Innovation at the Point of Sale - A journey around the world
By Björn Portillo, Managing Partner at hmmh and Nicolas Roemer, Chief Business Development Officer at Serviceplan US.
A few years ago expert predicted the end of stationary retail. The word was that it could not persist parallel to online retail in this new, digital world. However, due to the slow but steady establishment of connected-commerce concepts, this view changed again. Former online pure players like notebooksbilliger.de or mymuesli even established stationary concept stores and now find themselves in the selection of major retail chains. But what are the drivers that have given impetus to this change and what innovations have helped retail get back into the game?
In order to explore the "why" of the paradigm shift, we will go on a journey through business and culture in the US, visit China, and then return to Germany.
Pack your bags in Germany
Many companies and agencies have worked hard to drive technical progress forward and make our everyday lives easier through innovation. Concepts for interactive consulting solutions and mobile consulting via one's own smartphone, mobile payments, or augmented and virtual reality have become sophisticated enough to use them in stores. However, these possibilities still go mostly unused here. Why is that? Is this because of retailers who ignore this potential due to traditional reasons? Or is it skepticism of new things and distrust of technology itself? Are German retailers, their customers, or even both afraid of innovation?
The risk-averse, conventional German loves to research and compare online. Where he goes shopping then, depends on the product and context: sometimes online, sometimes offline. It is important to him that he feels well counseled and informed and that he can study the desired product at length.
Technical barriers and lack of acceptance
For classical retailers it is not only important to have a wide range of products available at all times, but also to display the brands and their products just right for each customer. However, often the implementation connected commerce concepts already fails at the internet access for customers. The use of different systems that are not easy to integrate also often creates large barriers for retailers. This makes it difficult for retailers to recognise their customers and impossible to collect relevant data, to offer integrated consulting or a quick and easy way to pay. With the exception of a few examples.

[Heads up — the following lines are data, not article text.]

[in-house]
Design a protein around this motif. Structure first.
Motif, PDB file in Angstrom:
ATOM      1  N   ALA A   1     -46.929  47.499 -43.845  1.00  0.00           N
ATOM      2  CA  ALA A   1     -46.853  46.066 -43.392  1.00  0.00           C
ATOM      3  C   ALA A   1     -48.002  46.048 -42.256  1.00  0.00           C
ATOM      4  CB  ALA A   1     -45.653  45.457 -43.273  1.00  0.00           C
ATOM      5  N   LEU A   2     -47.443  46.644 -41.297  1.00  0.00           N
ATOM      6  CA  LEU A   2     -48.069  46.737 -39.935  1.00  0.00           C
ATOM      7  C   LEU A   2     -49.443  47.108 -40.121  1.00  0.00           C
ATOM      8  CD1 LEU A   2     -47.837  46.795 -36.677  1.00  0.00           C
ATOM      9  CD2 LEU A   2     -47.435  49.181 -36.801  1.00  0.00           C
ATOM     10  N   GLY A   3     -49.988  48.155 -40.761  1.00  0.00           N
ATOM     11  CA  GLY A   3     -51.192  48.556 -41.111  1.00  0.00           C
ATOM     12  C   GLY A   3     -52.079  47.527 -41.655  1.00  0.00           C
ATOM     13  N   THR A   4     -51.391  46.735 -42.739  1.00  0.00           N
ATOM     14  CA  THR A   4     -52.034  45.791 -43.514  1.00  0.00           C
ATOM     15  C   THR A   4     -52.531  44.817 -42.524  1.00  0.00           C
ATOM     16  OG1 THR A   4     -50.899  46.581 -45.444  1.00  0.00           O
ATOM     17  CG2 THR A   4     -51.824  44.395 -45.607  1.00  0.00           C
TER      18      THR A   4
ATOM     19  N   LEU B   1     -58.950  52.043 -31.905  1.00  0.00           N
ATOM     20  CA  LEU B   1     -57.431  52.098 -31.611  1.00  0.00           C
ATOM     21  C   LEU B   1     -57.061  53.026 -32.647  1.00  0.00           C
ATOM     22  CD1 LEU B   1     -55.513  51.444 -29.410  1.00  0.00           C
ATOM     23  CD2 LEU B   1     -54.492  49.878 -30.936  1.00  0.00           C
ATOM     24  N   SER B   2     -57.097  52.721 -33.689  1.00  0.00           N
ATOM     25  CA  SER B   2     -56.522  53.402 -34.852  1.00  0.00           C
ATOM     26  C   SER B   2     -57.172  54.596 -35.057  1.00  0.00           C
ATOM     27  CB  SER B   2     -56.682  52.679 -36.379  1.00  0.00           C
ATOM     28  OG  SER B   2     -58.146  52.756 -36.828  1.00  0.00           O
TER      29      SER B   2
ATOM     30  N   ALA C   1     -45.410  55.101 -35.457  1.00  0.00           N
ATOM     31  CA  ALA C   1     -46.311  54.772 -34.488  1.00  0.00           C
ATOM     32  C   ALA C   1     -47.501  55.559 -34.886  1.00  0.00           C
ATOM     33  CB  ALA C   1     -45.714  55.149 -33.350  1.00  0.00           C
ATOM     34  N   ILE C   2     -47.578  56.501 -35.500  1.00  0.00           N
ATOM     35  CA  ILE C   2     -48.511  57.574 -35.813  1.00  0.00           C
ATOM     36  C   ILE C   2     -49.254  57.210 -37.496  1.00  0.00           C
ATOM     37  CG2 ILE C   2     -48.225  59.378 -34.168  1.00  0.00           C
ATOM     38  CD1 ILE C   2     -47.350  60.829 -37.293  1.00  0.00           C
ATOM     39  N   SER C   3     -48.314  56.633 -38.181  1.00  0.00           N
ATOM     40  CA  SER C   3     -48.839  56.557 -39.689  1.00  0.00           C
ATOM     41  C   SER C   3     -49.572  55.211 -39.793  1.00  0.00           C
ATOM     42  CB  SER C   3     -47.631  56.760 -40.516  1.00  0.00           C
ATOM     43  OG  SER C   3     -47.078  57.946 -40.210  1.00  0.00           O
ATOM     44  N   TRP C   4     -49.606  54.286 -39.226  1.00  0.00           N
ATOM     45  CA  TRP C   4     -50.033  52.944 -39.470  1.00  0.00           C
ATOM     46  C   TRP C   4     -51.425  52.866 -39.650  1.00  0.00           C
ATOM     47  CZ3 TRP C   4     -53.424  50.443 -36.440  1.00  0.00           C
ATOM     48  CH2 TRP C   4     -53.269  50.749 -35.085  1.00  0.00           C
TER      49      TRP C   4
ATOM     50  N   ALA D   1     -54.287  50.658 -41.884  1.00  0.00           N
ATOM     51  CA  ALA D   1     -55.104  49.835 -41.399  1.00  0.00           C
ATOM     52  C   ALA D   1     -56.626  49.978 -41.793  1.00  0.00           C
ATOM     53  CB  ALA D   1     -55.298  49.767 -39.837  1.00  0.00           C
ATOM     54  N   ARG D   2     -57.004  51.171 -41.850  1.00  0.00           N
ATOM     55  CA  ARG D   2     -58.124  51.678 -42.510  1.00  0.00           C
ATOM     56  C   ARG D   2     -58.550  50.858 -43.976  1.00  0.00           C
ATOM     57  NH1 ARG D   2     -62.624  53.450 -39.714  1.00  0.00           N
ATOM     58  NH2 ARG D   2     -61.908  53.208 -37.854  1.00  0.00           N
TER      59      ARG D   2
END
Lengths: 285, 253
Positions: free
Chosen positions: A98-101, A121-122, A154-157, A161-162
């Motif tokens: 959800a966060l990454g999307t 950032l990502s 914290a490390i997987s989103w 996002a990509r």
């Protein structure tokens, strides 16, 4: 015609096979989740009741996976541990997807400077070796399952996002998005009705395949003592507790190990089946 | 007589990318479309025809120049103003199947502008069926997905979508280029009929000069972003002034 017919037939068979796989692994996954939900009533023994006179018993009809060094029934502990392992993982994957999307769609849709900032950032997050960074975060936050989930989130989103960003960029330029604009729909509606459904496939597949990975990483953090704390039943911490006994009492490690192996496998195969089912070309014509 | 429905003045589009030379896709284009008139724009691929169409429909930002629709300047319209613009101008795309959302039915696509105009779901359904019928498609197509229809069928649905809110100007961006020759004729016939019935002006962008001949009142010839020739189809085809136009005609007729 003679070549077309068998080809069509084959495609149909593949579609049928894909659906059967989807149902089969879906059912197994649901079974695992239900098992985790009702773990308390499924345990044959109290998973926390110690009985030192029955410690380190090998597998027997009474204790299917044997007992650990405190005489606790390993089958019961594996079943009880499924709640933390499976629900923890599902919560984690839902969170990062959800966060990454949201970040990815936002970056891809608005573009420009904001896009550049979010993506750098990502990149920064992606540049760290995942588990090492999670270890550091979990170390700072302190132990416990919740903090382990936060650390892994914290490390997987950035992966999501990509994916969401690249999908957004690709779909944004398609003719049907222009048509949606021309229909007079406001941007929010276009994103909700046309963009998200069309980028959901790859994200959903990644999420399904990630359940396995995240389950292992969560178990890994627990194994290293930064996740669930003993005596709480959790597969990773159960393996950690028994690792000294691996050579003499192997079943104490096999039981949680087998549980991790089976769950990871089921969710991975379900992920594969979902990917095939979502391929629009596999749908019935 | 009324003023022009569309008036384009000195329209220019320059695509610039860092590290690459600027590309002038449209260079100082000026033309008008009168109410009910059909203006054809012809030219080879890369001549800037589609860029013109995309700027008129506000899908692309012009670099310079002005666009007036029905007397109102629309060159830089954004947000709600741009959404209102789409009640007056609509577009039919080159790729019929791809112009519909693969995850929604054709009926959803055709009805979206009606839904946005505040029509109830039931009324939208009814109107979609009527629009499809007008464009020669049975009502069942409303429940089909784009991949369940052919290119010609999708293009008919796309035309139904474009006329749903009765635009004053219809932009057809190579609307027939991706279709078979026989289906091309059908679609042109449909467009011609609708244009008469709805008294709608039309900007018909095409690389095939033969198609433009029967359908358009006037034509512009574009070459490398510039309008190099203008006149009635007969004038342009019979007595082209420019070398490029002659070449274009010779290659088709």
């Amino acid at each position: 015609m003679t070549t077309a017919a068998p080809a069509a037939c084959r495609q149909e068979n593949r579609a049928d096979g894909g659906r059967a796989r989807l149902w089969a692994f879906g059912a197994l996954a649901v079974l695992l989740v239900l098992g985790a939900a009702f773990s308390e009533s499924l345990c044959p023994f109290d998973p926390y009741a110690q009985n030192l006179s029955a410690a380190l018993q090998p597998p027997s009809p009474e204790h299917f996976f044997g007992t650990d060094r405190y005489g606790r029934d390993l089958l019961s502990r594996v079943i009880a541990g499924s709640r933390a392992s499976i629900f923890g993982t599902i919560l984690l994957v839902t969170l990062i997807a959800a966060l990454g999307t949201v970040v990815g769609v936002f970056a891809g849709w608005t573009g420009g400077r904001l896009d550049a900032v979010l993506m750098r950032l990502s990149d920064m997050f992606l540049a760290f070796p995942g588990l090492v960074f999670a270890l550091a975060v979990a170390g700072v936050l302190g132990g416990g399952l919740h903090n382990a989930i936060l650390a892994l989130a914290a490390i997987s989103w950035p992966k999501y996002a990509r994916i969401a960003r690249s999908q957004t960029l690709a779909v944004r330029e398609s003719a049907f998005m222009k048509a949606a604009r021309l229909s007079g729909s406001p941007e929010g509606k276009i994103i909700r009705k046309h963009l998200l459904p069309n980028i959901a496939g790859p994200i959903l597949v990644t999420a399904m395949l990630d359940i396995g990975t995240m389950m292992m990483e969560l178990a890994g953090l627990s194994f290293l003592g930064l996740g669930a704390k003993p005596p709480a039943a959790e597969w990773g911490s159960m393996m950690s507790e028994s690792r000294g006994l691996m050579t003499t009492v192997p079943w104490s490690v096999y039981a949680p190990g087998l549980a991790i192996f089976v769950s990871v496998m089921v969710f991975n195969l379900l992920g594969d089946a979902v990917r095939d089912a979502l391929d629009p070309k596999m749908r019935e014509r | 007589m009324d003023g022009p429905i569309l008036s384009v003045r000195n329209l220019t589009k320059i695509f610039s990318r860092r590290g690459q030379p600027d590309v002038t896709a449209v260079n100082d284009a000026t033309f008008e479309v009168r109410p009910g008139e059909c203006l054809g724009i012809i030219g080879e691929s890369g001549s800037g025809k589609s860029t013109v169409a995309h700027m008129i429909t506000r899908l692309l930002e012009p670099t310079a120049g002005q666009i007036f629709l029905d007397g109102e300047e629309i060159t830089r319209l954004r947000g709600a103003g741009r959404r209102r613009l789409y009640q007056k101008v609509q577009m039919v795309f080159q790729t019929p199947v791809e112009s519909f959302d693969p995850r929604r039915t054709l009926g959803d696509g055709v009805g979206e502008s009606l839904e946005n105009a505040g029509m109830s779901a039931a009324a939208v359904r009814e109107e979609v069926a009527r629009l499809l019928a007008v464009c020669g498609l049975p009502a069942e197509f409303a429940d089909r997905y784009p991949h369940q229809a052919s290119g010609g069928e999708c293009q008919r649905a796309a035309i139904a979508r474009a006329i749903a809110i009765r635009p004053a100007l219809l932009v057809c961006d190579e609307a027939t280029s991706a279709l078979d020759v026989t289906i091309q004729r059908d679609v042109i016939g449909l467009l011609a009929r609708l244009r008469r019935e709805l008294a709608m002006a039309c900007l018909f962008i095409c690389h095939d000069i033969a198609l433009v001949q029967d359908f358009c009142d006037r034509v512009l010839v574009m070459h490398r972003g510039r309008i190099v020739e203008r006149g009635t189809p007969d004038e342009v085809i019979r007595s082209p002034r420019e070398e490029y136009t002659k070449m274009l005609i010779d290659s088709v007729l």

Another challenge: While it is important to German consumers to test their desired products, even to try it out in their private surroundings, and also expect comprehensive individual consulting, they are often not willing to share their personal information.
Off to the US
The land of opportunity – is this also the case in terms of retail innovation and which of these developments have already established themselves?
A clearly larger population on a land mass that is 25 times larger... this makes it difficult to find the average American citizen. However, we can state that he is open for new things, thinks practically, and always looking for a deal. When he buys ice cream he likes to pay by credit card and when he goes food shopping he always has his trusty coupon book with him. The possibly most important innovation drivers for Americans are thriftiness and comfort.
Ideas are tested and optimised
New concepts arise every day, giving US citizens the shopping experience they demand. For instance, at the end of 2016, the internet giant Amazon opened the doors of his Amazon Go food store in Seattle. Standing in line and the physical act of paying are redundant here. Everything is handled via a motion detection system installed in the store - the so-called "Just walk out technology". Payments are made via PayPal and the Amazon.com account. Due to technical issues in motion detection and tracking more than 20 customers at a time, the store had to close its doors temporarily.